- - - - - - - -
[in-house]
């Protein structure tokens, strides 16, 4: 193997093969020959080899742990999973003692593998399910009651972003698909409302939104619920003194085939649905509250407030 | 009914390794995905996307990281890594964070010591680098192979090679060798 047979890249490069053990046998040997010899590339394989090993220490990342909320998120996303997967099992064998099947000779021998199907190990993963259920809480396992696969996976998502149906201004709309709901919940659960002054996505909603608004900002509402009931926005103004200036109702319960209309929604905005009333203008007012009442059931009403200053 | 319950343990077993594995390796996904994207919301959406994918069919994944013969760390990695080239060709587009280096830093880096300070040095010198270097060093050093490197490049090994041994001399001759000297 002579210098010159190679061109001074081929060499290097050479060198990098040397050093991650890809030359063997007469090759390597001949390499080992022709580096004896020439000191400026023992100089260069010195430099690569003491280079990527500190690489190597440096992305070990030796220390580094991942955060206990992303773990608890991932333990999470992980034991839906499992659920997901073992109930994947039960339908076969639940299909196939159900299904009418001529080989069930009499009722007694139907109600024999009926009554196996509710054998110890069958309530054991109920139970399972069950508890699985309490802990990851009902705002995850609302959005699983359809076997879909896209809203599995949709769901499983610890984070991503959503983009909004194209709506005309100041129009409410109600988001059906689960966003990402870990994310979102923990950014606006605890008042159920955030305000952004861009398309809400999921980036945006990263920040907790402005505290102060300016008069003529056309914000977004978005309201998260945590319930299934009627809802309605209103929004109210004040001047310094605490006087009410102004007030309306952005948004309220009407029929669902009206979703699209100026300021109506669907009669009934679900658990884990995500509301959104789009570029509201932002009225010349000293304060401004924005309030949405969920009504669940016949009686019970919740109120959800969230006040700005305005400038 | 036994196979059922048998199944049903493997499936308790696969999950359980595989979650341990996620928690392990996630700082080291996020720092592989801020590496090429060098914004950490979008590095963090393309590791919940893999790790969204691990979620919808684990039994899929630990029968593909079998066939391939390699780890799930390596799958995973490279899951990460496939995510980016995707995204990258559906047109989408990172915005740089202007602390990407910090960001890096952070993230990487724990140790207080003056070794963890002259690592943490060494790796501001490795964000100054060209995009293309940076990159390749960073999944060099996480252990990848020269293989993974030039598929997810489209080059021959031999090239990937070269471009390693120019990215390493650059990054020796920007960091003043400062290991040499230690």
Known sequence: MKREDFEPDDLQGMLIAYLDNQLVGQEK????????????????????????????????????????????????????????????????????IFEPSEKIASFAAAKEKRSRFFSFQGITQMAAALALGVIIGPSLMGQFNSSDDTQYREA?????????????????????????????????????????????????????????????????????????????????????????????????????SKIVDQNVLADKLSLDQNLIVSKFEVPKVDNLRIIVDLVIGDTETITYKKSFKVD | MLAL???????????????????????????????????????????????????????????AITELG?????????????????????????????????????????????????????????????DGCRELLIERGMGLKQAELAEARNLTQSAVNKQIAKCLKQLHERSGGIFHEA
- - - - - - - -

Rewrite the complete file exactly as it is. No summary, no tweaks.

[in-house]
């Protein structure tokens, strides 16, 4: 193997093969020959080899742990999973003692593998399910009651972003698909409302939104619920003194085939649905509250407030 | 009914390794995905996307990281890594964070010591680098192979090679060798 047979890249490069053990046998040997010899590339394989090993220490990342909320998120996303997967099992064998099947000779021998199907190990993963259920809480396992696969996976998502149906201004709309709901919940659960002054996505909603608004900002509402009931926005103004200036109702319960209309929604905005009333203008007012009442059931009403200053 | 319950343990077993594995390796996904994207919301959406994918069919994944013969760390990695080239060709587009280096830093880096300070040095010198270097060093050093490197490049090994041994001399001759000297 002579210098010159190679061109001074081929060499290097050479060198990098040397050093991650890809030359063997007469090759390597001949390499080992022709580096004896020439000191400026023992100089260069010195430099690569003491280079990527500190690489190597440096992305070990030796220390580094991942955060206990992303773990608890991932333990999470992980034991839906499992659920997901073992109930994947039960339908076969639940299909196939159900299904009418001529080989069930009499009722007694139907109600024999009926009554196996509710054998110890069958309530054991109920139970399972069950508890699985309490802990990851009902705002995850609302959005699983359809076997879909896209809203599995949709769901499983610890984070991503959503983009909004194209709506005309100041129009409410109600988001059906689960966003990402870990994310979102923990950014606006605890008042159920955030305000952004861009398309809400999921980036945006990263920040907790402005505290102060300016008069003529056309914000977004978005309201998260945590319930299934009627809802309605209103929004109210004040001047310094605490006087009410102004007030309306952005948004309220009407029929669902009206979703699209100026300021109506669907009669009934679900658990884990995500509301959104789009570029509201932002009225010349000293304060401004924005309030949405969920009504669940016949009686019970919740109120959800969230006040700005305005400038 | 036994196979059922048998199944049903493997499936308790696969999950359980595989979650341990996620928690392990996630700082080291996020720092592989801020590496090429060098914004950490979008590095963090393309590791919940893999790790969204691990979620919808684990039994899929630990029968593909079998066939391939390699780890799930390596799958995973490279899951990460496939995510980016995707995204990258559906047109989408990172915005740089202007602390990407910090960001890096952070993230990487724990140790207080003056070794963890002259690592943490060494790796501001490795964000100054060209995009293309940076990159390749960073999944060099996480252990990848020269293989993974030039598929997810489209080059021959031999090239990937070269471009390693120019990215390493650059990054020796920007960091003043400062290991040499230690």
Known sequence: MKREDFEPDDLQGMLIAYLDNQLVGQEK????????????????????????????????????????????????????????????????????IFEPSEKIASFAAAKEKRSRFFSFQGITQMAAALALGVIIGPSLMGQFNSSDDTQYREA?????????????????????????????????????????????????????????????????????????????????????????????????????SKIVDQNVLADKLSLDQNLIVSKFEVPKVDNLRIIVDLVIGDTETITYKKSFKVD | MLAL???????????????????????????????????????????????????????????AITELG?????????????????????????????????????????????????????????????DGCRELLIERGMGLKQAELAEARNLTQSAVNKQIAKCLKQLHERSGGIFHEA